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Assessor admits, defends mistake

Assessor admits, defends mistake

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EUREKA - Pete Lambie said he made a mistake, but it had nothing to do with politics.

Lambie, 79, a Woodford County Board member and Spring Bay township assessor, is being investigated for increasing the assessments on another board member's property, allegedly as political revenge.

The allegations are being investigated by the Illinois Appellate Prosecutor's office in Springfield. State's Attorney Mike Stroh forwarded the complaint to that office due to a potential conflict.

On Jan. 3, Lambie brought in assessment changes on two properties owned by Joel Lemkemann. A house valued at $79,380 was increased to $143,740. Lambie admits a mistake on that assessment.

"When you make a mistake, you are supposed to say, 'Look, I made a mistake,' and that is what I'm doing," said Lambie. "I didn't do this because of a grudge against anybody."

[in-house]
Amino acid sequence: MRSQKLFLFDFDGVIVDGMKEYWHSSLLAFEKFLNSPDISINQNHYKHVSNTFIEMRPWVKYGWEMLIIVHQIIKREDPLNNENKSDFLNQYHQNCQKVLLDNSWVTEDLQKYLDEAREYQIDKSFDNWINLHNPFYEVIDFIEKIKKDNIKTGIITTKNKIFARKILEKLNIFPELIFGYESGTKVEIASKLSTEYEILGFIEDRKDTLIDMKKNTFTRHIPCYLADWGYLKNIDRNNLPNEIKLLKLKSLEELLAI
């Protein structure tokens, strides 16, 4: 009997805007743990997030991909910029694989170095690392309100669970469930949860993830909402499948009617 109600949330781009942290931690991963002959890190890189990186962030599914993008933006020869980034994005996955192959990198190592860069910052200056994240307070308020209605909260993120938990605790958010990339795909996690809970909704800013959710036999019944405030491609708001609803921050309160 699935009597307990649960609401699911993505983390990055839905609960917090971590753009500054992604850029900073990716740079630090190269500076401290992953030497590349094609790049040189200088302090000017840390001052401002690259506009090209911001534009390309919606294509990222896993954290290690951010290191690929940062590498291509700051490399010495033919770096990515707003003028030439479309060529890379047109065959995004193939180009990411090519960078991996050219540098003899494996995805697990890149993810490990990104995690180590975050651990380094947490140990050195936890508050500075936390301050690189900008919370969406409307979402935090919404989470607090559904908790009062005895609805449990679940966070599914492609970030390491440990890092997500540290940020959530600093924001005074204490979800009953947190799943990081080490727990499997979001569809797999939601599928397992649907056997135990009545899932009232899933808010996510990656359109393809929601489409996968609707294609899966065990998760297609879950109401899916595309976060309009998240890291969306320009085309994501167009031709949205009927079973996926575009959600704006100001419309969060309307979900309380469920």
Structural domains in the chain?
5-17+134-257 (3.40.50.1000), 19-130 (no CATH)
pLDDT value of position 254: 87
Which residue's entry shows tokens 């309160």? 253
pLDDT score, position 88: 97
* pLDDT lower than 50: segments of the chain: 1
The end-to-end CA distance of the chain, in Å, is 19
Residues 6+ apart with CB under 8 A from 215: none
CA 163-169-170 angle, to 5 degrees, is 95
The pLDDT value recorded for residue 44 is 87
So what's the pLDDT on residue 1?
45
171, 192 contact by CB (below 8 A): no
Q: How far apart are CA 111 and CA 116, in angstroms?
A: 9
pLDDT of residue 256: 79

According to his attorney, L. Lee Smith, there are two houses on a single piece of property, and Lambie accidentally assessed the wrong house.

"I think anybody would have a hard time figuring these out," said Smith. "Maybe at 80 years, you are entitled to a little bit of latitude."

Smith said that change has been withdrawn.

However, an increase on another of Lemkemann's properties - a rental house increased from $15,930 up to $54,120 - is correct, said Smith.

The two properties changed are located about two miles apart.

Lemkemann is adamant the assessment changes targeted him for his vote against tax caps at the Dec. 20 county board meeting. The motion, brought by Lambie, failed 8-7.

Lemkemann said Lambie had threatened retaliation.

â€"He had already threatened me. There was no accident about it," said Lemkemann. "I didn't think he would be foolish enough to do it quite that blatantly."

Lemkemann said he has notes from his conversations with Lambie. Additionally, Lambie told others about his intentions as well, said Lemkemann.

Smith said Lambie's actions started when he was given a copy of a building permit for a horse barn on one of the properties.

"The giving out of permits starts the process," said Smith. "Somebody is drawing conclusions from the timing of this that I don't think are accurate conclusions. It really should not have merited an allegation of criminal conduct."


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